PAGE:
- It is not unusual for the patient to experience a sensation of warmth when the contrast medium is injected, although the examination is still painless and not dangerous in any way. The patient is then placed on a moving table, under the circular radiology device. The part of the body to be examined is then moved within the scanner, shaped like a large ring that is open at both ends and contains a ray transceiver. Inside the ring, the transceiver rotates around the patient. Located behind a window to protect them from the X-rays, the radiologist ensures that everything runs smoothly. If there is any issue, the patient – who remains in constant contact with the medical team via a microphone – can tell them. Likewise, the team will tell the patient to keep still and when to hold their breath for a few seconds, to obtain higher quality images.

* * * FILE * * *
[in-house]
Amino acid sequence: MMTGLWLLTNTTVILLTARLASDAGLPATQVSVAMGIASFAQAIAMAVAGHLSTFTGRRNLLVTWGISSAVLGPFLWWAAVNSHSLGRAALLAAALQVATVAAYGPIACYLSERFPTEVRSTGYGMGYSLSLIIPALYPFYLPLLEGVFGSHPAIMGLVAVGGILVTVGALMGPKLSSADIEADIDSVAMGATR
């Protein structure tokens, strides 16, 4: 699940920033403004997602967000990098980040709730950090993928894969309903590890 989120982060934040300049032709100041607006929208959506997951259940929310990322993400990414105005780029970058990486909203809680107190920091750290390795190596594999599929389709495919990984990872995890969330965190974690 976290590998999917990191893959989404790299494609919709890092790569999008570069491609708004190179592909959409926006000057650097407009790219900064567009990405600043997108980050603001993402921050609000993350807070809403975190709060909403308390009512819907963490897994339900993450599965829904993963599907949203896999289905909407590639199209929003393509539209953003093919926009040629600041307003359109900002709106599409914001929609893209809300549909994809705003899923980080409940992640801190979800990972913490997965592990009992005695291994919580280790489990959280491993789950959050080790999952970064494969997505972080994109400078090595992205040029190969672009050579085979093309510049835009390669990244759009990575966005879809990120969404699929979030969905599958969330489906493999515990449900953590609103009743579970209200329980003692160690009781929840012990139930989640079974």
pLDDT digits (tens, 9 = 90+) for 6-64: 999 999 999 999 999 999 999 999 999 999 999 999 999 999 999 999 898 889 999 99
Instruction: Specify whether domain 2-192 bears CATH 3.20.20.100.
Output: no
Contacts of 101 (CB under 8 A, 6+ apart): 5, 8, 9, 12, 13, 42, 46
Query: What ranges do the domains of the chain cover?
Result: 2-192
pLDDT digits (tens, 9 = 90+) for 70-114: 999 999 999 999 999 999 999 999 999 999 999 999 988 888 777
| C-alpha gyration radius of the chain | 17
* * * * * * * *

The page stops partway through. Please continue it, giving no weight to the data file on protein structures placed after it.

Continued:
Once the exam is over, the drip is taken out and a small dressing is applied.
- An angio CT scan takes less than half an hour.
- Patients should drink one to two litres of water after the exam to help the body eliminate the contrast medium.
- An angio CT scan does not pose much risk. Minor risk is associated with the administration of the contrast medium. Itching, redness or a bruise can occur near the injection site.